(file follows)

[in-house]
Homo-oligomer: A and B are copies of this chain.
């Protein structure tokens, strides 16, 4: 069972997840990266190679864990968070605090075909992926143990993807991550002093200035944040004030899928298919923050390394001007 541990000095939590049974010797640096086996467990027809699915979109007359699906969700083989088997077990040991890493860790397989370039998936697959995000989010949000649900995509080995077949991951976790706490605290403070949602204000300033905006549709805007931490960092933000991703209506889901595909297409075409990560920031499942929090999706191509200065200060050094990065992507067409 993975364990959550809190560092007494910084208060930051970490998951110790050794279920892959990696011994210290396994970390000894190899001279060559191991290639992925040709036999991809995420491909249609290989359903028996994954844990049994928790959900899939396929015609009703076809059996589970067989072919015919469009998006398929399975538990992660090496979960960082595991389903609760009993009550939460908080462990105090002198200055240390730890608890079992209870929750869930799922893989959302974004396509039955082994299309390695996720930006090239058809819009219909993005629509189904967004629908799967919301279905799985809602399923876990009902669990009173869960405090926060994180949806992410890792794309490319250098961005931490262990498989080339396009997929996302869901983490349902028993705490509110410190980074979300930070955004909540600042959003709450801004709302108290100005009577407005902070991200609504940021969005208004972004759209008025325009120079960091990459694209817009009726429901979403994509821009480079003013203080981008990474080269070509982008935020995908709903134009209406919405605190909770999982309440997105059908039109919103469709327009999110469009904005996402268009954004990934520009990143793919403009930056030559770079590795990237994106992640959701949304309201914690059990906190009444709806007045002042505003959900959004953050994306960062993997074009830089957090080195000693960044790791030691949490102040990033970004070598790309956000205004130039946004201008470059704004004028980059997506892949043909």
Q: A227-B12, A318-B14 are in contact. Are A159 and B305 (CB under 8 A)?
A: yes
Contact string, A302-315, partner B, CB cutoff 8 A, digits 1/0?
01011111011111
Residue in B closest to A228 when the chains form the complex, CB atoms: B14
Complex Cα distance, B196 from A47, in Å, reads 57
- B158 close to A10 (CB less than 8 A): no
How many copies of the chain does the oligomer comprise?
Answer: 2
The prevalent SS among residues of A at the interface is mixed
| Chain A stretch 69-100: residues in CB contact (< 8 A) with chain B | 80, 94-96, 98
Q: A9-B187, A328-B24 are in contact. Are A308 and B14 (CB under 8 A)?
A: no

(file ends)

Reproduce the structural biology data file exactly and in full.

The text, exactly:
[in-house]
Homo-oligomer: A and B are copies of this chain.
């Protein structure tokens, strides 16, 4: 069972997840990266190679864990968070605090075909992926143990993807991550002093200035944040004030899928298919923050390394001007 541990000095939590049974010797640096086996467990027809699915979109007359699906969700083989088997077990040991890493860790397989370039998936697959995000989010949000649900995509080995077949991951976790706490605290403070949602204000300033905006549709805007931490960092933000991703209506889901595909297409075409990560920031499942929090999706191509200065200060050094990065992507067409 993975364990959550809190560092007494910084208060930051970490998951110790050794279920892959990696011994210290396994970390000894190899001279060559191991290639992925040709036999991809995420491909249609290989359903028996994954844990049994928790959900899939396929015609009703076809059996589970067989072919015919469009998006398929399975538990992660090496979960960082595991389903609760009993009550939460908080462990105090002198200055240390730890608890079992209870929750869930799922893989959302974004396509039955082994299309390695996720930006090239058809819009219909993005629509189904967004629908799967919301279905799985809602399923876990009902669990009173869960405090926060994180949806992410890792794309490319250098961005931490262990498989080339396009997929996302869901983490349902028993705490509110410190980074979300930070955004909540600042959003709450801004709302108290100005009577407005902070991200609504940021969005208004972004759209008025325009120079960091990459694209817009009726429901979403994509821009480079003013203080981008990474080269070509982008935020995908709903134009209406919405605190909770999982309440997105059908039109919103469709327009999110469009904005996402268009954004990934520009990143793919403009930056030559770079590795990237994106992640959701949304309201914690059990906190009444709806007045002042505003959900959004953050994306960062993997074009830089957090080195000693960044790791030691949490102040990033970004070598790309956000205004130039946004201008470059704004004028980059997506892949043909």
Q: A227-B12, A318-B14 are in contact. Are A159 and B305 (CB under 8 A)?
A: yes
Contact string, A302-315, partner B, CB cutoff 8 A, digits 1/0?
01011111011111
Residue in B closest to A228 when the chains form the complex, CB atoms: B14
Complex Cα distance, B196 from A47, in Å, reads 57
- B158 close to A10 (CB less than 8 A): no
How many copies of the chain does the oligomer comprise?
Answer: 2
The prevalent SS among residues of A at the interface is mixed
| Chain A stretch 69-100: residues in CB contact (< 8 A) with chain B | 80, 94-96, 98
Q: A9-B187, A328-B24 are in contact. Are A308 and B14 (CB under 8 A)?
A: no